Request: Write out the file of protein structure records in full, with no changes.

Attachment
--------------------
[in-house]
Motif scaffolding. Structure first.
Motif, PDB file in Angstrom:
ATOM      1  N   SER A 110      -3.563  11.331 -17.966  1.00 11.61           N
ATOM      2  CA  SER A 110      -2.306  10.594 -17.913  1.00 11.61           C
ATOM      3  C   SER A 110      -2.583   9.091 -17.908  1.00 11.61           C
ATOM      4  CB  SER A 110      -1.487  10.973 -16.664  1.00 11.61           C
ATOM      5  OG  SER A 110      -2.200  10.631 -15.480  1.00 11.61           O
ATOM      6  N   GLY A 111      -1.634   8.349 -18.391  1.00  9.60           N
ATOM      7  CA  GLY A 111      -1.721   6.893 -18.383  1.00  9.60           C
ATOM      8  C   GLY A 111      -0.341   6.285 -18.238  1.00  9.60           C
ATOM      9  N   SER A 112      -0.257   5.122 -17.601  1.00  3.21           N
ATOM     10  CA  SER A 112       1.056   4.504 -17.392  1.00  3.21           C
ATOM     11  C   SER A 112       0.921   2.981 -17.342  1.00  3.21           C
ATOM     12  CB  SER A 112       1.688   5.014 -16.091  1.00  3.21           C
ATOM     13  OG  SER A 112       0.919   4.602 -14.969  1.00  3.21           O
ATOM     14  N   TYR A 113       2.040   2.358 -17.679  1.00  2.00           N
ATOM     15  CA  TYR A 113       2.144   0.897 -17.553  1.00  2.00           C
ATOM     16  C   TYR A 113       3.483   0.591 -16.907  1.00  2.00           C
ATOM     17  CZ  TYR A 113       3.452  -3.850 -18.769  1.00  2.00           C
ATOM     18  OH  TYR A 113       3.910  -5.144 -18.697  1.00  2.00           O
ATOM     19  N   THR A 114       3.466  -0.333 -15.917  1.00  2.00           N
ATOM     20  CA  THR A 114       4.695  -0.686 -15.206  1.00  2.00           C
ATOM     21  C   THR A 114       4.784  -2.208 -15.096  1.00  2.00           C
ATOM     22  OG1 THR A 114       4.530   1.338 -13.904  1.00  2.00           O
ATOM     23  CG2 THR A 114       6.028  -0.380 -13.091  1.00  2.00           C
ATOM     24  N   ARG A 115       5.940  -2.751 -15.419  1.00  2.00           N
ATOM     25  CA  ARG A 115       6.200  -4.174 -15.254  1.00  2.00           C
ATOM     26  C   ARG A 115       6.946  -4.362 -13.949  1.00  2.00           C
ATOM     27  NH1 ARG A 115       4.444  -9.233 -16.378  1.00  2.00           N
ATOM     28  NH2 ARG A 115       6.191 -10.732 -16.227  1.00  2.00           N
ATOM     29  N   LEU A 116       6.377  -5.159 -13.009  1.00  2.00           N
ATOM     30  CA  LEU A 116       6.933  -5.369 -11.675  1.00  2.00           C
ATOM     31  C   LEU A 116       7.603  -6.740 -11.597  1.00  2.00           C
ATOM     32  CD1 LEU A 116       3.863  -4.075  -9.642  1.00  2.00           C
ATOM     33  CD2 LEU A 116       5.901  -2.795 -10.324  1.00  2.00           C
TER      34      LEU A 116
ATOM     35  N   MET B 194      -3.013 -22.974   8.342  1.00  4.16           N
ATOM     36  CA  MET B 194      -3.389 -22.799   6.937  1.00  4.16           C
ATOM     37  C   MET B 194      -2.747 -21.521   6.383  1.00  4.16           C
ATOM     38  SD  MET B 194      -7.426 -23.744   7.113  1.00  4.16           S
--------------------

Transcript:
[in-house]
Motif scaffolding. Structure first.
Motif, PDB file in Angstrom:
ATOM      1  N   SER A 110      -3.563  11.331 -17.966  1.00 11.61           N
ATOM      2  CA  SER A 110      -2.306  10.594 -17.913  1.00 11.61           C
ATOM      3  C   SER A 110      -2.583   9.091 -17.908  1.00 11.61           C
ATOM      4  CB  SER A 110      -1.487  10.973 -16.664  1.00 11.61           C
ATOM      5  OG  SER A 110      -2.200  10.631 -15.480  1.00 11.61           O
ATOM      6  N   GLY A 111      -1.634   8.349 -18.391  1.00  9.60           N
ATOM      7  CA  GLY A 111      -1.721   6.893 -18.383  1.00  9.60           C
ATOM      8  C   GLY A 111      -0.341   6.285 -18.238  1.00  9.60           C
ATOM      9  N   SER A 112      -0.257   5.122 -17.601  1.00  3.21           N
ATOM     10  CA  SER A 112       1.056   4.504 -17.392  1.00  3.21           C
ATOM     11  C   SER A 112       0.921   2.981 -17.342  1.00  3.21           C
ATOM     12  CB  SER A 112       1.688   5.014 -16.091  1.00  3.21           C
ATOM     13  OG  SER A 112       0.919   4.602 -14.969  1.00  3.21           O
ATOM     14  N   TYR A 113       2.040   2.358 -17.679  1.00  2.00           N
ATOM     15  CA  TYR A 113       2.144   0.897 -17.553  1.00  2.00           C
ATOM     16  C   TYR A 113       3.483   0.591 -16.907  1.00  2.00           C
ATOM     17  CZ  TYR A 113       3.452  -3.850 -18.769  1.00  2.00           C
ATOM     18  OH  TYR A 113       3.910  -5.144 -18.697  1.00  2.00           O
ATOM     19  N   THR A 114       3.466  -0.333 -15.917  1.00  2.00           N
ATOM     20  CA  THR A 114       4.695  -0.686 -15.206  1.00  2.00           C
ATOM     21  C   THR A 114       4.784  -2.208 -15.096  1.00  2.00           C
ATOM     22  OG1 THR A 114       4.530   1.338 -13.904  1.00  2.00           O
ATOM     23  CG2 THR A 114       6.028  -0.380 -13.091  1.00  2.00           C
ATOM     24  N   ARG A 115       5.940  -2.751 -15.419  1.00  2.00           N
ATOM     25  CA  ARG A 115       6.200  -4.174 -15.254  1.00  2.00           C
ATOM     26  C   ARG A 115       6.946  -4.362 -13.949  1.00  2.00           C
ATOM     27  NH1 ARG A 115       4.444  -9.233 -16.378  1.00  2.00           N
ATOM     28  NH2 ARG A 115       6.191 -10.732 -16.227  1.00  2.00           N
ATOM     29  N   LEU A 116       6.377  -5.159 -13.009  1.00  2.00           N
ATOM     30  CA  LEU A 116       6.933  -5.369 -11.675  1.00  2.00           C
ATOM     31  C   LEU A 116       7.603  -6.740 -11.597  1.00  2.00           C
ATOM     32  CD1 LEU A 116       3.863  -4.075  -9.642  1.00  2.00           C
ATOM     33  CD2 LEU A 116       5.901  -2.795 -10.324  1.00  2.00           C
TER      34      LEU A 116
ATOM     35  N   MET B 194      -3.013 -22.974   8.342  1.00  4.16           N
ATOM     36  CA  MET B 194      -3.389 -22.799   6.937  1.00  4.16           C
ATOM     37  C   MET B 194      -2.747 -21.521   6.383  1.00  4.16           C
ATOM     38  SD  MET B 194      -7.426 -23.744   7.113  1.00  4.16           S